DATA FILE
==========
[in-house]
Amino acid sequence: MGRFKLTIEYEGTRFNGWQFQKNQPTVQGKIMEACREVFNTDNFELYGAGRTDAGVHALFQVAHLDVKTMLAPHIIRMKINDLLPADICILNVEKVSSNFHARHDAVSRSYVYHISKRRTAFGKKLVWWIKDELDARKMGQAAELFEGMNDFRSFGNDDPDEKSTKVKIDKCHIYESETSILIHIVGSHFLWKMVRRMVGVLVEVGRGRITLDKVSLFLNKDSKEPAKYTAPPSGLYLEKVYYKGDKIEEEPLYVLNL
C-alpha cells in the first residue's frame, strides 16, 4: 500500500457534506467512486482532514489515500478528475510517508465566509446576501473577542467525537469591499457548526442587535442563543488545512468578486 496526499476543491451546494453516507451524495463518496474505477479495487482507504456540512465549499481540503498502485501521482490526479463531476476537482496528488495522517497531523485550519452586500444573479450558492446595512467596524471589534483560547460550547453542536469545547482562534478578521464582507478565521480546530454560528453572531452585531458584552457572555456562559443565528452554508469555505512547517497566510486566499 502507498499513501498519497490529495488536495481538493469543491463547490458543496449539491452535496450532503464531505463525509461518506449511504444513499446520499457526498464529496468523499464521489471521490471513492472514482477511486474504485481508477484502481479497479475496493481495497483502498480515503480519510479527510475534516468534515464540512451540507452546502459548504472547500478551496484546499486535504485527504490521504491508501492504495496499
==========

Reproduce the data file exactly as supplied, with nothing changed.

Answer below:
[in-house]
Amino acid sequence: MGRFKLTIEYEGTRFNGWQFQKNQPTVQGKIMEACREVFNTDNFELYGAGRTDAGVHALFQVAHLDVKTMLAPHIIRMKINDLLPADICILNVEKVSSNFHARHDAVSRSYVYHISKRRTAFGKKLVWWIKDELDARKMGQAAELFEGMNDFRSFGNDDPDEKSTKVKIDKCHIYESETSILIHIVGSHFLWKMVRRMVGVLVEVGRGRITLDKVSLFLNKDSKEPAKYTAPPSGLYLEKVYYKGDKIEEEPLYVLNL
C-alpha cells in the first residue's frame, strides 16, 4: 500500500457534506467512486482532514489515500478528475510517508465566509446576501473577542467525537469591499457548526442587535442563543488545512468578486 496526499476543491451546494453516507451524495463518496474505477479495487482507504456540512465549499481540503498502485501521482490526479463531476476537482496528488495522517497531523485550519452586500444573479450558492446595512467596524471589534483560547460550547453542536469545547482562534478578521464582507478565521480546530454560528453572531452585531458584552457572555456562559443565528452554508469555505512547517497566510486566499 502507498499513501498519497490529495488536495481538493469543491463547490458543496449539491452535496450532503464531505463525509461518506449511504444513499446520499457526498464529496468523499464521489471521490471513492472514482477511486474504485481508477484502481479497479475496493481495497483502498480515503480519510479527510475534516468534515464540512451540507452546502459548504472547500478551496484546499486535504485527504490521504491508501492504495496499